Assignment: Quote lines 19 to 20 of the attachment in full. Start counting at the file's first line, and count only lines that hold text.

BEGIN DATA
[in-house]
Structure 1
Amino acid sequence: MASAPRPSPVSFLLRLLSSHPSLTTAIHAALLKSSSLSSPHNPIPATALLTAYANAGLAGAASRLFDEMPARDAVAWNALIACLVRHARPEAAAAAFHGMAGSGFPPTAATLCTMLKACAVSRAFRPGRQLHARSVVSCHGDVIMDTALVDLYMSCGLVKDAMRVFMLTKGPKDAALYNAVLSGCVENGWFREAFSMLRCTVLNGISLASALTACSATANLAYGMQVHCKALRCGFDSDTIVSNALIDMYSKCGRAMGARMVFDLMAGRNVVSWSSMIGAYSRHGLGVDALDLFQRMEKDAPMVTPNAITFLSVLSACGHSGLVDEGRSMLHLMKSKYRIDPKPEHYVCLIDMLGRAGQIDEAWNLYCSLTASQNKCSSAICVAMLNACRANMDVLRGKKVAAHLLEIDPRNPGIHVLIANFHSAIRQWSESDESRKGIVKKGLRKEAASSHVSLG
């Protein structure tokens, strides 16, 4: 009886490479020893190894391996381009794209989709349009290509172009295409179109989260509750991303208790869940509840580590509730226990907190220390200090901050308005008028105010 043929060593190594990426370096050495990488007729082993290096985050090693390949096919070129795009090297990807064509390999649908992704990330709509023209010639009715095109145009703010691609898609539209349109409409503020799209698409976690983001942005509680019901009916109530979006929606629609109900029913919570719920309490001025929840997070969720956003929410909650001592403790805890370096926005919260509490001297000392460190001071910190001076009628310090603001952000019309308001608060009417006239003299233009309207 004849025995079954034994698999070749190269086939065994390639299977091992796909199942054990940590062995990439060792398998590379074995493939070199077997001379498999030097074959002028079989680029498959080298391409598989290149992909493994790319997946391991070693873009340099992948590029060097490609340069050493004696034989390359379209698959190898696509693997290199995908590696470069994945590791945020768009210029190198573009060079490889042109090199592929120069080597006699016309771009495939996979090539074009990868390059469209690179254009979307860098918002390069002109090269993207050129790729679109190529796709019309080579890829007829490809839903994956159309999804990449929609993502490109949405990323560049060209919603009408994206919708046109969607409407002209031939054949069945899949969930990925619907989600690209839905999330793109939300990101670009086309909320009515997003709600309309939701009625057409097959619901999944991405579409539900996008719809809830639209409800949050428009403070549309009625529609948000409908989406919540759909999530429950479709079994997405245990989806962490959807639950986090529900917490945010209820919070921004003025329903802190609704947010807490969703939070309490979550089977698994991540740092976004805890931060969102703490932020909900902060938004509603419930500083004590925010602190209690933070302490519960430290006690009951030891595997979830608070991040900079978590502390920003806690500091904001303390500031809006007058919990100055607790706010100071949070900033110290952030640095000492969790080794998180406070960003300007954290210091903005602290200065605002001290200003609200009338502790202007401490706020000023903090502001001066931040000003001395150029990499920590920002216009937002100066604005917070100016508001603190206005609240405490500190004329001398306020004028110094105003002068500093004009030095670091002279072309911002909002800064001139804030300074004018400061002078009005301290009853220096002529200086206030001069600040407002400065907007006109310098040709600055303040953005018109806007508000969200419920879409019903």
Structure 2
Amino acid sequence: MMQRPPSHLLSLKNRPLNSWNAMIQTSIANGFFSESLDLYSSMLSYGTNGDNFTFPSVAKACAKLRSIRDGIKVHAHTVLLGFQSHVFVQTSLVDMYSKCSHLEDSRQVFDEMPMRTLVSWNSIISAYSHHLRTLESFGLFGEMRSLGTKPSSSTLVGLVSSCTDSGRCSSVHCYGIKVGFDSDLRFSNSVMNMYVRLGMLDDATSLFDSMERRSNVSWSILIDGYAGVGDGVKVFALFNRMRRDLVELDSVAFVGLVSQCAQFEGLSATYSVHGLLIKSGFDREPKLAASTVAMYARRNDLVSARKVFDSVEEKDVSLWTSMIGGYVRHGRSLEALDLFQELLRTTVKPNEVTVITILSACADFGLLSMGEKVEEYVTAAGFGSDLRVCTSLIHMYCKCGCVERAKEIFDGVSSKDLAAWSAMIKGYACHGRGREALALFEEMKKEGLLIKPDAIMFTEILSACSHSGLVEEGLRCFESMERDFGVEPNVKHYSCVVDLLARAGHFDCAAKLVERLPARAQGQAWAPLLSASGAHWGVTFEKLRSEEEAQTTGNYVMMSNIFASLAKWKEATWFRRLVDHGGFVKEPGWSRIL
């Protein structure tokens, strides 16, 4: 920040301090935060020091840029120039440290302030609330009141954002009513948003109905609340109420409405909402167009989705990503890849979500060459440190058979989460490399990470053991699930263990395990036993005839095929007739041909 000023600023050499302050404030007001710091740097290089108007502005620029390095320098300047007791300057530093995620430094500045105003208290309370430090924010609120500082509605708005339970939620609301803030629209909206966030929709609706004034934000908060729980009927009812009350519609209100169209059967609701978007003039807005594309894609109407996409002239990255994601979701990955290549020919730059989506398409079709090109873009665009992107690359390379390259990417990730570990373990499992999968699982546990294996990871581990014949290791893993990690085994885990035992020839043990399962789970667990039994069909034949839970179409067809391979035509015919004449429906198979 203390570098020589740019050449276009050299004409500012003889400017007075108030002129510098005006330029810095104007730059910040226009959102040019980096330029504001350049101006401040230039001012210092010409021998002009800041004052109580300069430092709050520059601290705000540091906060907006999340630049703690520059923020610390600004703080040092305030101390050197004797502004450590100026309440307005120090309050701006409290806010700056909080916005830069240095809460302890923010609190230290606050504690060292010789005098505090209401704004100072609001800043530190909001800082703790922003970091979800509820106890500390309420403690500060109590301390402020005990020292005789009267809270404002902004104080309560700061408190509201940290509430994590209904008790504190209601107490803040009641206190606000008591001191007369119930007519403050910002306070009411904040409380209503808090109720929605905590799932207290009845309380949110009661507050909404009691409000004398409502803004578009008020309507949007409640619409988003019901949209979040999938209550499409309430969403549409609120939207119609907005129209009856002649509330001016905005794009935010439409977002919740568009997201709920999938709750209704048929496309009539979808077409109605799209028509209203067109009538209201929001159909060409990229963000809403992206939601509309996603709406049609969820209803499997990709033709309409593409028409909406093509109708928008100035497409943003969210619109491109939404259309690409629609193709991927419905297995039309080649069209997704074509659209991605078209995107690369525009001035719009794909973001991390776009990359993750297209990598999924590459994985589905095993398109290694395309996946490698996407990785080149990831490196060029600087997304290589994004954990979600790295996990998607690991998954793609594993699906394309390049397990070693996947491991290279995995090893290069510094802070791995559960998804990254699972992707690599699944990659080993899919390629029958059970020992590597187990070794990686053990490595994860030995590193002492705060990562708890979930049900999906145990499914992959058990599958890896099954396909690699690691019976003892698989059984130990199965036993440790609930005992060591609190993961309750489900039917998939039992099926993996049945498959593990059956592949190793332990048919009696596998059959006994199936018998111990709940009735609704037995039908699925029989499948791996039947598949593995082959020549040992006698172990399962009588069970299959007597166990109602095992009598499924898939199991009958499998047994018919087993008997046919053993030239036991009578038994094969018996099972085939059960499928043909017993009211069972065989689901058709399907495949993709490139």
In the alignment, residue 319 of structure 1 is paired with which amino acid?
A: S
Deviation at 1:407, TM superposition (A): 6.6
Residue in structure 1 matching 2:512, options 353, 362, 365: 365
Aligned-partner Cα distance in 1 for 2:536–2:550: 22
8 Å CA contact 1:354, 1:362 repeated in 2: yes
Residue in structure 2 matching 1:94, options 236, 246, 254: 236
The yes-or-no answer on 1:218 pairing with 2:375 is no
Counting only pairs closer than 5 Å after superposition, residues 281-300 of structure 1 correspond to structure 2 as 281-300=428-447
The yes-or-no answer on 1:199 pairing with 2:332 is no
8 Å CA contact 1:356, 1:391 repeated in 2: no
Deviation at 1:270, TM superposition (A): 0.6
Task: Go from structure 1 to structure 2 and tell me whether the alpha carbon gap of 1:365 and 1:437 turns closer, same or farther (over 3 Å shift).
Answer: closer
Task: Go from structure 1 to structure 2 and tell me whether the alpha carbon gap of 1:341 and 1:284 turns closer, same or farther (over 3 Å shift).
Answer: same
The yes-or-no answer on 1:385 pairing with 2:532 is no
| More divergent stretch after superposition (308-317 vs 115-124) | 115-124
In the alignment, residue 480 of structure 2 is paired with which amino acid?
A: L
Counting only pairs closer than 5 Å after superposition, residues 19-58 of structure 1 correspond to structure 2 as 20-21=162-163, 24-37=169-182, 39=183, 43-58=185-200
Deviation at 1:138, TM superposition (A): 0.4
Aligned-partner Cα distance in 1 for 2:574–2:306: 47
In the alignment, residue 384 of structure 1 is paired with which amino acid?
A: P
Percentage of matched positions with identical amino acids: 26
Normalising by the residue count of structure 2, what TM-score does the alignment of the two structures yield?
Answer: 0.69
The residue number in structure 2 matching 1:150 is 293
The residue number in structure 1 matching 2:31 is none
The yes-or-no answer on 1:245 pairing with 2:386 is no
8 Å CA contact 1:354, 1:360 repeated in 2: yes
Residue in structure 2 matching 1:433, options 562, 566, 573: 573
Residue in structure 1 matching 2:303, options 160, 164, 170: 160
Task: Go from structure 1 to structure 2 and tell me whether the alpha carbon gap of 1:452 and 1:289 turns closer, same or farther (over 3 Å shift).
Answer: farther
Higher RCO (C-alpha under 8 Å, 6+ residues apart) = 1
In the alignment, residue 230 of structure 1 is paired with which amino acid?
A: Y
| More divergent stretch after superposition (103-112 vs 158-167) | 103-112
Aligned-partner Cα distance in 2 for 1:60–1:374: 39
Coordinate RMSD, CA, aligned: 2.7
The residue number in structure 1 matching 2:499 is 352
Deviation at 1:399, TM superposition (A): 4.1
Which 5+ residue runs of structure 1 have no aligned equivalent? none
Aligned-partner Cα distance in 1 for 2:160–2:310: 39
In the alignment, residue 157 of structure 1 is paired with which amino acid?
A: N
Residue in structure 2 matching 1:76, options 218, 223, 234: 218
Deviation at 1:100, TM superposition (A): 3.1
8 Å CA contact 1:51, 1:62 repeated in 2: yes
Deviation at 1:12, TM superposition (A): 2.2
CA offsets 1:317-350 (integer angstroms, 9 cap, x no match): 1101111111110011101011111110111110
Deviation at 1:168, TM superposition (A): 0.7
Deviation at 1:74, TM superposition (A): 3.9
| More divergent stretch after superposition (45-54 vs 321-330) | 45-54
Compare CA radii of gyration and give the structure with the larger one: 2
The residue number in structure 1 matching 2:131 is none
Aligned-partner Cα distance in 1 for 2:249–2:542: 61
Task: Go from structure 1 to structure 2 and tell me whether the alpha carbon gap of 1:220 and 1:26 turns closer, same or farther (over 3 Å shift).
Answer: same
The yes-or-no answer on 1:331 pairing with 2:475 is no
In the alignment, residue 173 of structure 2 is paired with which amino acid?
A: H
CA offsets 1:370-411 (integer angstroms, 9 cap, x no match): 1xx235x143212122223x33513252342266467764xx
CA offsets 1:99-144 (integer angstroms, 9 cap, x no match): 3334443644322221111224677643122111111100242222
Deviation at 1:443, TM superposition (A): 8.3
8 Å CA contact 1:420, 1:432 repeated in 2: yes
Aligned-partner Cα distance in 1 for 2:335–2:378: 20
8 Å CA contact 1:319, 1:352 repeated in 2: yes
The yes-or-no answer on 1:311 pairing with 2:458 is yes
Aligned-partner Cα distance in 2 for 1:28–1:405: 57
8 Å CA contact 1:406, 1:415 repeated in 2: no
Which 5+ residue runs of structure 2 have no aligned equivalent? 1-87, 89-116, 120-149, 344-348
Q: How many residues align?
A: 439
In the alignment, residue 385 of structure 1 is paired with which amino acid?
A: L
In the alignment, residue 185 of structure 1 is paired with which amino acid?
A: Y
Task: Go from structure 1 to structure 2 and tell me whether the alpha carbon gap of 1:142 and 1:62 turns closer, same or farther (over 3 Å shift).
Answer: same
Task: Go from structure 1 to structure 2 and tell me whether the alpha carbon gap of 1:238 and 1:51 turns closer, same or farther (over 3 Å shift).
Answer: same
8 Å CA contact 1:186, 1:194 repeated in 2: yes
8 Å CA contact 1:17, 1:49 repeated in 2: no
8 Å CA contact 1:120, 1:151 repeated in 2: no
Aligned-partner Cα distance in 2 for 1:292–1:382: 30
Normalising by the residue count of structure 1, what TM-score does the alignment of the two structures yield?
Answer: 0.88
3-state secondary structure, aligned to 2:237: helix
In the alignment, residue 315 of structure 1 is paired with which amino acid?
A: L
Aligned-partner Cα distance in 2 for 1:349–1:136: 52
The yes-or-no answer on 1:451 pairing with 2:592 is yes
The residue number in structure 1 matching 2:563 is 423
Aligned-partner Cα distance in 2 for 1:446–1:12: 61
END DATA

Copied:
Deviation at 1:270, TM superposition (A): 0.6
Task: Go from structure 1 to structure 2 and tell me whether the alpha carbon gap of 1:365 and 1:437 turns closer, same or farther (over 3 Å shift).